Japan makes voluntary contribution in support of the verification regime and GEM

Vienna, 20 January 2014

Japan has made a new voluntary contribution of U.S.$ 455,000 to the Preparatory Commission of the Comprehensive Nuclear-Test-Ban Treaty Organization (CTBTO).

The larger part of the funds will flow into the further enhancement of the verification system of the Comprehensive Nuclear-Test-Ban Treaty (CTBT).  The contribution will also be used to support activities of the recently established Group of Eminent Persons (GEM).

“Through this voluntary contribution, Japan reconfirms its role as a driving force behind the CTBT and its verification regime at the outset of its chairmanship of the CTBTO’s governing body. It is gratifying to receive these additional resources, which help us in pursuing our common dream of banning all nuclear explosions. And they will allow us to detect any nuclear explosion with even greater efficiency and precision,” said Lassina Zerbo, CTBTO Executive Secretary.

This contribution comes only weeks after Japan’s most recent voluntary contribution of U.S.$ 737,000, which was used for the acquisition of high-performance computing hardware, enabling the CTBTO to track airborne radioactivity more accurately.

Yasushi Noguchi, Ministry of Foreign Affairs of Japan (right), CTBTO Executive Secretary Lassina Zerbo (centre) and Ambassador Toshiro Ozawa, Japan's Permanent Representative to the UN in Vienna cut the ribbon of the new ATM system on 26 November 2013 (Japan's previous voluntary contribution).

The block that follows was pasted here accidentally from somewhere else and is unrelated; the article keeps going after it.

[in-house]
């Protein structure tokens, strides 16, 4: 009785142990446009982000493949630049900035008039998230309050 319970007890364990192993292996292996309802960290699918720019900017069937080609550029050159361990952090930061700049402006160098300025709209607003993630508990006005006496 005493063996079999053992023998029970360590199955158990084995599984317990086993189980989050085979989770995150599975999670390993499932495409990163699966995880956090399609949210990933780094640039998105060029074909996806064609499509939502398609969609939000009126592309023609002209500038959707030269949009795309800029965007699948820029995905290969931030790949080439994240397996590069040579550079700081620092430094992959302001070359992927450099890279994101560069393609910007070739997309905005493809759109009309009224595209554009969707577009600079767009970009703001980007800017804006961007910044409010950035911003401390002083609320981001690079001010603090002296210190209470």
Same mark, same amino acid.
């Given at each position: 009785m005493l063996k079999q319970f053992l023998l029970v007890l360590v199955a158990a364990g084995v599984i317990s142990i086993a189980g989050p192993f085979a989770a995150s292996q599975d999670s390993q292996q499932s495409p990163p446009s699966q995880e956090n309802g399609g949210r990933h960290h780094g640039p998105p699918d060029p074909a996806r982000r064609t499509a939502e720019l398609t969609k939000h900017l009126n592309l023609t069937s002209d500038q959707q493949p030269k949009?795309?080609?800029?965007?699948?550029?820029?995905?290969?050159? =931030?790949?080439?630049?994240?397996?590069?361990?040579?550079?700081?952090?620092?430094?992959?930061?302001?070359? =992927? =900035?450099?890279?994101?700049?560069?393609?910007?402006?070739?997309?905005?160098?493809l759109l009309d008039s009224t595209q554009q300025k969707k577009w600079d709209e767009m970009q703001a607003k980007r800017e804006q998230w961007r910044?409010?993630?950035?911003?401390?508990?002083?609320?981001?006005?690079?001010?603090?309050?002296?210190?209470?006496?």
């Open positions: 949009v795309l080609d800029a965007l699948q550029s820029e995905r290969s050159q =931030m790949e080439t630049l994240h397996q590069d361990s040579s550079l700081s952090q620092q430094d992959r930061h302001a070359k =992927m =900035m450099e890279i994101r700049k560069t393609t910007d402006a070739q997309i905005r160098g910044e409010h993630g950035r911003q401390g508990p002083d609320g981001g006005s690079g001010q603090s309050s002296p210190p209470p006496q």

The CTBT bans all nuclear explosions by everyone, everywhere: on the Earth’s surface, in the atmosphere, in outer space, underwater and underground. A total of 183 countries have signed the Treaty, of which 161 have also ratified it. The Treaty can however only enter into force after it has been ratified by the eight remaining ‘nuclear capable’ countries: China, the Democratic People’s Republic of Korea, Egypt, India, Iran, Israel, Pakistan and the United States.

The GEM supports and complements efforts to promote the Treaty’s entry into force. Through their expertise, experience and political standing the group comprising eminent personalities and internationally recognized experts will reinvigorate international endeavours to achieve this goal. Japanese national Nobuyasu Abe, who served as UN Under-Secretary-General for Disarmament Affairs from 2003 to 2006, is one of the members of the group. Furthermore, Japan’s Permanent Representative to the UN in Vienna, Toshiro Ozawa, chairs the CTBTO’s main governing body, the Preparatory Commission in 2014.
An unprecedented global verification regime with over 300 sensors monitors the globe around the clock for nuclear explosions to detect any violations of the Treaty. Japan hosts 10 fully functional CTBTO monitoring facilities. The radionuclide station at Takasaki was the first station to detect traces of radioactive noble gas attributable to the nuclear test announced by the Democratic People’s Republic of Korea (DPRK) on 12 February 2013.

Executive Secretary Lassina Zerbo (right) with Foreign Minister Fumio Kishida during his visit to Japan in November 2013.

For further information, please see www.ctbto.org your resource on ending nuclear testing, or contact

Thomas Mützelburg, Public Information Officer 
T    +43 1 26030 6421 
E    [email protected]
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